We have consistently heard the desire of pension plan sponsors to minimize escalating pension costs. The comfort food being digested by some is to convert their plan from a defined benefit(DB)model to the more financially predictable defined contribution(DC)formula. While it is true that a sponsor will lessen its financial risks by converting to a DC plan, it very well may be taking on additional legal risks. The coming into “force” of the Guidelines for Capital Accumulation Plans(the CAP Guidelines) by the Joint Forum of Financial Market Regulators serves as a timely basis to explore these legal risks in DC plans.

One potential legal risk concerns the design of investment options and information and decision-making tools to be offered to employees. The CAP Guidelines direct a plan sponsor to “ensure” that a range of investment fund options be made available, consider “the degree of diversification” and “level of risk” associated with the investment choices, and provide adequate decisionmaking tools to the employees. If an employee’s pension is poor because the investment performance does not meet the employee’s expectations, a legal claim might allege that the sponsor owed, and breached, a fiduciary duty to the employee by failing to provide adequate investment choice or meaningful access to a decision-making apparatus and is therefore responsible for damages arising from the poor investments.


It is not uncommon for the administrator to employ third-party service providers to give employees investment information or advice, or to assist them generally with making related investment decisions. The CAP Guidelines urge administrators to employ service providers, including employee investment consultants, in circumstances where the administrator believes it “does not have the necessary knowledge and skills to carry out its responsibilities” under the plan. Administrators may be responsible for the actions of investment consultants to the extent they are carrying out an administrative function under the pension plan. The statutory rule requiring an administrator to supervise and ensure the suitability of its agents has been imported into the CAP Guidelines as applying to employee investment consultants. This added administrative dynamic is not traditionally present in DB plans.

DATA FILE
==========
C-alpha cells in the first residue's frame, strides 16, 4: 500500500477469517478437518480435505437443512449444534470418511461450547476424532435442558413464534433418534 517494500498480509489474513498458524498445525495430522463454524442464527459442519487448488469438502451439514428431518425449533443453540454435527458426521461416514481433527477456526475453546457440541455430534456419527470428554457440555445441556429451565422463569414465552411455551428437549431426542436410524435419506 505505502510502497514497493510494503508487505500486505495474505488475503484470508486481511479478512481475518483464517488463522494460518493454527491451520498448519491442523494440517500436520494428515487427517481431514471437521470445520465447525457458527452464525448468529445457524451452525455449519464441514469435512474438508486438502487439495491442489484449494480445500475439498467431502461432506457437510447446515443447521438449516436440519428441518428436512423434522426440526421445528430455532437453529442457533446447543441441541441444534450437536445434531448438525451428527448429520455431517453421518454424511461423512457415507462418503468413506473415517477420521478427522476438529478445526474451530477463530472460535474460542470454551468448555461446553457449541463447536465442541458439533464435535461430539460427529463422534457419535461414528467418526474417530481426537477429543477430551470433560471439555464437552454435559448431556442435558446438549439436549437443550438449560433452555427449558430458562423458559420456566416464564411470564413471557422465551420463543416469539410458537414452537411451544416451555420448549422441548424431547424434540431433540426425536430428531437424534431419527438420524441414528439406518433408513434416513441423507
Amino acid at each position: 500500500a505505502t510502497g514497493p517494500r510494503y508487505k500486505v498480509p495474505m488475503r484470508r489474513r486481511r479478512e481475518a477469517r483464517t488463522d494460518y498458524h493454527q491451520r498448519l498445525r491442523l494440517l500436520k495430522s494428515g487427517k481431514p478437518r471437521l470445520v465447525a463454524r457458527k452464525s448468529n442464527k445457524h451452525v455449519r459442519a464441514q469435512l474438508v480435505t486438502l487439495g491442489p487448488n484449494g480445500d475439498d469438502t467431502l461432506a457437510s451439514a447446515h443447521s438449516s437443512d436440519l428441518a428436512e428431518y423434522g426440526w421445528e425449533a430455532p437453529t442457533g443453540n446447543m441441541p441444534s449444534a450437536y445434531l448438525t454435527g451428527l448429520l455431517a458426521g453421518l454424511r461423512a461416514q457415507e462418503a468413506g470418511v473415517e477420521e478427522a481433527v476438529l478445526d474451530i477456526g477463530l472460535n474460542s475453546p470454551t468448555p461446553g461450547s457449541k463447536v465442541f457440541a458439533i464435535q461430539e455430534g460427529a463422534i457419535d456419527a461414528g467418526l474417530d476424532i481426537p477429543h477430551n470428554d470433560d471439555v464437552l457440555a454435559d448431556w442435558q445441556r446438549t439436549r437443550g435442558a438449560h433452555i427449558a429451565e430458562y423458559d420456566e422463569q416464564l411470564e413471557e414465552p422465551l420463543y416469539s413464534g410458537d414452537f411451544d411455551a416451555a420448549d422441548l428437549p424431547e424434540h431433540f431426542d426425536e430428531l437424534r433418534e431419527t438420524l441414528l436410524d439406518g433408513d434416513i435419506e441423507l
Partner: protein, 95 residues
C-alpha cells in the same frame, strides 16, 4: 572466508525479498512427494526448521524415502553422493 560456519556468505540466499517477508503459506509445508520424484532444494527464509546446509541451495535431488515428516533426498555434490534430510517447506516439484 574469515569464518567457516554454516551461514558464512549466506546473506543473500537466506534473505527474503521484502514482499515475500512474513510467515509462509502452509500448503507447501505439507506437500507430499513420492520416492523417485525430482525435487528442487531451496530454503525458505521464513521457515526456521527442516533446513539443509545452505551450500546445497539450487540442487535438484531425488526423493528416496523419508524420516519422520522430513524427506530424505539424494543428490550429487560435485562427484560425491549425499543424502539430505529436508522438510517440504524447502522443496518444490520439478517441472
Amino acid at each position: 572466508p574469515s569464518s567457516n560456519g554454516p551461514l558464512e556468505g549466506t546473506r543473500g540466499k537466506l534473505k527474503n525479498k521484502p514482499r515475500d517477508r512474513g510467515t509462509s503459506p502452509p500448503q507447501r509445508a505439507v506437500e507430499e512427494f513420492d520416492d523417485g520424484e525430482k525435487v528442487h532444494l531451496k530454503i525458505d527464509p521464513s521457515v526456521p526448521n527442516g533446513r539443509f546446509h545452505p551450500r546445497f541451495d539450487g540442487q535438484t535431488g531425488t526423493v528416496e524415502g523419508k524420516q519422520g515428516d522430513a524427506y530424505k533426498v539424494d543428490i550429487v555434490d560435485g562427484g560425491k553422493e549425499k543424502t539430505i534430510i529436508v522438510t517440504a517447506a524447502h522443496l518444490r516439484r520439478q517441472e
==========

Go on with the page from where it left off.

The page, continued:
Related to the potential delegation risks for sponsors in DC plans are the potential for increased communication risks. More frequent communication means that there may be a greater risk of a miscommunication or misunderstanding. This can increase the potential for an employee claim in negligent misrepresentation against either or both the service provider and the administrator. The risks for the administrator are that much more amplified when it is not the administrator itself, but a third party employed by the administrator, who is the one engaging in the communication.

A real emerging legal issue in DC conversion design concerns the extent to which a sponsor may use a surplus in the DB trust fund to fund its normal costs under the DC arrangement. Employees argue that taking DC contribution holidays can be unlawful as contravening the DB pension trust. Recent case law, such as the Kerry decision of the Ontario Divisional Court, supports this argument. The scope of application of this principle will be determined by a higher authority, but if upheld, it would complicate one of the most attractive reasons for an employer seeking to implement a DC conversion in the first place.

In conclusion, it should not be inferred that DC plans are not appropriate models to deliver employee benefits. They may well be very appropriate, depending on the nature of the employer and the workforce. However, while a DC conversion may be an easy pill for sponsors to swallow, because of the uncertain legal risks involved, it may not, in all cases, be good medicine.

Ari Kaplan is a partner at Koskie Minsky LLP in Toronto. akaplan@koskieminsky.com

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